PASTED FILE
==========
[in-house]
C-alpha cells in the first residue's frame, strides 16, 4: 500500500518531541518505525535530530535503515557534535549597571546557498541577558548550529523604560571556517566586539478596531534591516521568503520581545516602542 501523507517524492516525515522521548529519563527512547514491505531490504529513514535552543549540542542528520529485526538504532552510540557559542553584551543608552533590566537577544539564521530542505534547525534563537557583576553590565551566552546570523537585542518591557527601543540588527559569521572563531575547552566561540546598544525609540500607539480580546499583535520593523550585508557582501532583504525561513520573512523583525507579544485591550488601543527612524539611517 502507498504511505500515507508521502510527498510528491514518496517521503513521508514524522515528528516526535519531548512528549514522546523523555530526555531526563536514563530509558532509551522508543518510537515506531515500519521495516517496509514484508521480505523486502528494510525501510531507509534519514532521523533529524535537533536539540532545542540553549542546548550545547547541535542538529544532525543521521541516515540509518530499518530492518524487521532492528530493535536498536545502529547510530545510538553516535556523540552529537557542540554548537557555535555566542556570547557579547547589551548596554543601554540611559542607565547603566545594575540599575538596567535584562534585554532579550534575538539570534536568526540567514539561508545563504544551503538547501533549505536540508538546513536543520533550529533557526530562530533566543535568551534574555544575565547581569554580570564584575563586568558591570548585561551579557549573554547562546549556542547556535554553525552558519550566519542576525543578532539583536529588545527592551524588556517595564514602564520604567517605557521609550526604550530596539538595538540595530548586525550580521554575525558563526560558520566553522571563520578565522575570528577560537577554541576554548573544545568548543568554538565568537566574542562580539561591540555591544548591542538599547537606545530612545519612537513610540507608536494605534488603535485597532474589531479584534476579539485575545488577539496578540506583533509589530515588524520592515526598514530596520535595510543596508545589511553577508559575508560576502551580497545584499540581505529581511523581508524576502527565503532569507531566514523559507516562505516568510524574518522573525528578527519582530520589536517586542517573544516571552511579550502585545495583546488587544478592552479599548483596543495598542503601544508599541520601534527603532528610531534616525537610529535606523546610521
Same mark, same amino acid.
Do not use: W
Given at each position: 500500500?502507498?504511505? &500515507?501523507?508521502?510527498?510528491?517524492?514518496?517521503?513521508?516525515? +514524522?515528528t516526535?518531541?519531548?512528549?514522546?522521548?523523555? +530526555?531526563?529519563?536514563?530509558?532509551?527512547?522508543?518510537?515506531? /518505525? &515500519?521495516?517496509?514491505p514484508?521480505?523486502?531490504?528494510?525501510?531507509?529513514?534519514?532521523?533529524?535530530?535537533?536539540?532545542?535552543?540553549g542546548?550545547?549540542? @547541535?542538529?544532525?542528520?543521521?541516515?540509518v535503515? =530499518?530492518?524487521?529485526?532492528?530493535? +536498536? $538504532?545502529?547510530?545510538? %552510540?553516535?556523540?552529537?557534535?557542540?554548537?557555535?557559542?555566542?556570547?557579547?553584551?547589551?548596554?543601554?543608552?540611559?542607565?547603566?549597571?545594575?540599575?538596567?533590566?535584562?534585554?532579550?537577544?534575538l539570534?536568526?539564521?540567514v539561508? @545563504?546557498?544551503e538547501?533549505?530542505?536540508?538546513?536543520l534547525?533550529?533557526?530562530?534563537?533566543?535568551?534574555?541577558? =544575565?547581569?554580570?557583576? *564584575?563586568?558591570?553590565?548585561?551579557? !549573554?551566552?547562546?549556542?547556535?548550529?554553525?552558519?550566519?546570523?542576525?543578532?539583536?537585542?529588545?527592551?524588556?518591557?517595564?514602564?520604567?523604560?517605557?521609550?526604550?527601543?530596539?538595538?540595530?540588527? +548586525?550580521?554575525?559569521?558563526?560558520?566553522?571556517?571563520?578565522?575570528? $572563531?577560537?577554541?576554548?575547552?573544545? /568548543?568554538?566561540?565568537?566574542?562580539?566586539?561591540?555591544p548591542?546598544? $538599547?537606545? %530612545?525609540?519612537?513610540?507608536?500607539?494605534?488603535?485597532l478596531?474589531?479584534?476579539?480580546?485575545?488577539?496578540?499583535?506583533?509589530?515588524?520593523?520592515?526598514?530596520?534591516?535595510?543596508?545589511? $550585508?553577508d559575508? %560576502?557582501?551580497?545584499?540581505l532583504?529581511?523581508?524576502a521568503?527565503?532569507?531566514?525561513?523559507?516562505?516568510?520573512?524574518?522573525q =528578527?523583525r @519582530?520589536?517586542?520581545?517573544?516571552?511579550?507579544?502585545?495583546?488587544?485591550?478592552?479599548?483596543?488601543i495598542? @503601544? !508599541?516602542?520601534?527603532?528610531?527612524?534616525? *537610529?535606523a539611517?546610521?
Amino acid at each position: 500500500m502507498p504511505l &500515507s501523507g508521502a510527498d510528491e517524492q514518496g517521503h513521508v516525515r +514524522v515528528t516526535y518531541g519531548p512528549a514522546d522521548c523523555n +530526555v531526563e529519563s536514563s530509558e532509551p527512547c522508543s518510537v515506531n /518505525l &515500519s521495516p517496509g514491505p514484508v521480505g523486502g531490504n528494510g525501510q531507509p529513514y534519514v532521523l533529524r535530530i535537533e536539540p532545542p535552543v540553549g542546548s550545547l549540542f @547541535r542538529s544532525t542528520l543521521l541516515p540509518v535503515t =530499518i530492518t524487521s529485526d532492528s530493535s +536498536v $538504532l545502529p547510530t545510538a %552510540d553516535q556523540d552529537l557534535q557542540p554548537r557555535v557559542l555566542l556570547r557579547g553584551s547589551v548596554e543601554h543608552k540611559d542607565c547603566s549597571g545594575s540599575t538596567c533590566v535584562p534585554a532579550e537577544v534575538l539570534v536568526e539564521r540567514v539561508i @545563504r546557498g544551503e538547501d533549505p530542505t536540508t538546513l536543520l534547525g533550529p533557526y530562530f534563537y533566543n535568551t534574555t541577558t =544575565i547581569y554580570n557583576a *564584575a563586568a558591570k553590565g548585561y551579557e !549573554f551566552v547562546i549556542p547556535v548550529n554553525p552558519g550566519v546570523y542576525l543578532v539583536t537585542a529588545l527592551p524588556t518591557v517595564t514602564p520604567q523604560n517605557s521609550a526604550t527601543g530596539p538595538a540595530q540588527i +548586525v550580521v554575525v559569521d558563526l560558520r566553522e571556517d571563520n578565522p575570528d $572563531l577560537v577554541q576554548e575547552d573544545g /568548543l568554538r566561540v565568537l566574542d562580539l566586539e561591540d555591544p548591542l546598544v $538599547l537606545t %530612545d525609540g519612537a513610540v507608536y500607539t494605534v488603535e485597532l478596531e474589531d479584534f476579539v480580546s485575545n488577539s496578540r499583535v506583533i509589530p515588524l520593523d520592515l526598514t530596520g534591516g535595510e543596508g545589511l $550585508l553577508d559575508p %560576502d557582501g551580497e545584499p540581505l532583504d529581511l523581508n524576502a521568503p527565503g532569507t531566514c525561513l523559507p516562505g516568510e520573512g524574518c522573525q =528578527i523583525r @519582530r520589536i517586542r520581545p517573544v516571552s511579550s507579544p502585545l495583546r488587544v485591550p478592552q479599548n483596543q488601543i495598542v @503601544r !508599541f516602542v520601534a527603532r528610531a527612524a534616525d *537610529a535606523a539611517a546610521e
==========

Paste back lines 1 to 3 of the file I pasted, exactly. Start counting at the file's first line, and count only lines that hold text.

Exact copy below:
[in-house]
C-alpha cells in the first residue's frame, strides 16, 4: 500500500518531541518505525535530530535503515557534535549597571546557498541577558548550529523604560571556517566586539478596531534591516521568503520581545516602542 501523507517524492516525515522521548529519563527512547514491505531490504529513514535552543549540542542528520529485526538504532552510540557559542553584551543608552533590566537577544539564521530542505534547525534563537557583576553590565551566552546570523537585542518591557527601543540588527559569521572563531575547552566561540546598544525609540500607539480580546499583535520593523550585508557582501532583504525561513520573512523583525507579544485591550488601543527612524539611517 502507498504511505500515507508521502510527498510528491514518496517521503513521508514524522515528528516526535519531548512528549514522546523523555530526555531526563536514563530509558532509551522508543518510537515506531515500519521495516517496509514484508521480505523486502528494510525501510531507509534519514532521523533529524535537533536539540532545542540553549542546548550545547547541535542538529544532525543521521541516515540509518530499518530492518524487521532492528530493535536498536545502529547510530545510538553516535556523540552529537557542540554548537557555535555566542556570547557579547547589551548596554543601554540611559542607565547603566545594575540599575538596567535584562534585554532579550534575538539570534536568526540567514539561508545563504544551503538547501533549505536540508538546513536543520533550529533557526530562530533566543535568551534574555544575565547581569554580570564584575563586568558591570548585561551579557549573554547562546549556542547556535554553525552558519550566519542576525543578532539583536529588545527592551524588556517595564514602564520604567517605557521609550526604550530596539538595538540595530548586525550580521554575525558563526560558520566553522571563520578565522575570528577560537577554541576554548573544545568548543568554538565568537566574542562580539561591540555591544548591542538599547537606545530612545519612537513610540507608536494605534488603535485597532474589531479584534476579539485575545488577539496578540506583533509589530515588524520592515526598514530596520535595510543596508545589511553577508559575508560576502551580497545584499540581505529581511523581508524576502527565503532569507531566514523559507516562505516568510524574518522573525528578527519582530520589536517586542517573544516571552511579550502585545495583546488587544478592552479599548483596543495598542503601544508599541520601534527603532528610531534616525537610529535606523546610521
Same mark, same amino acid.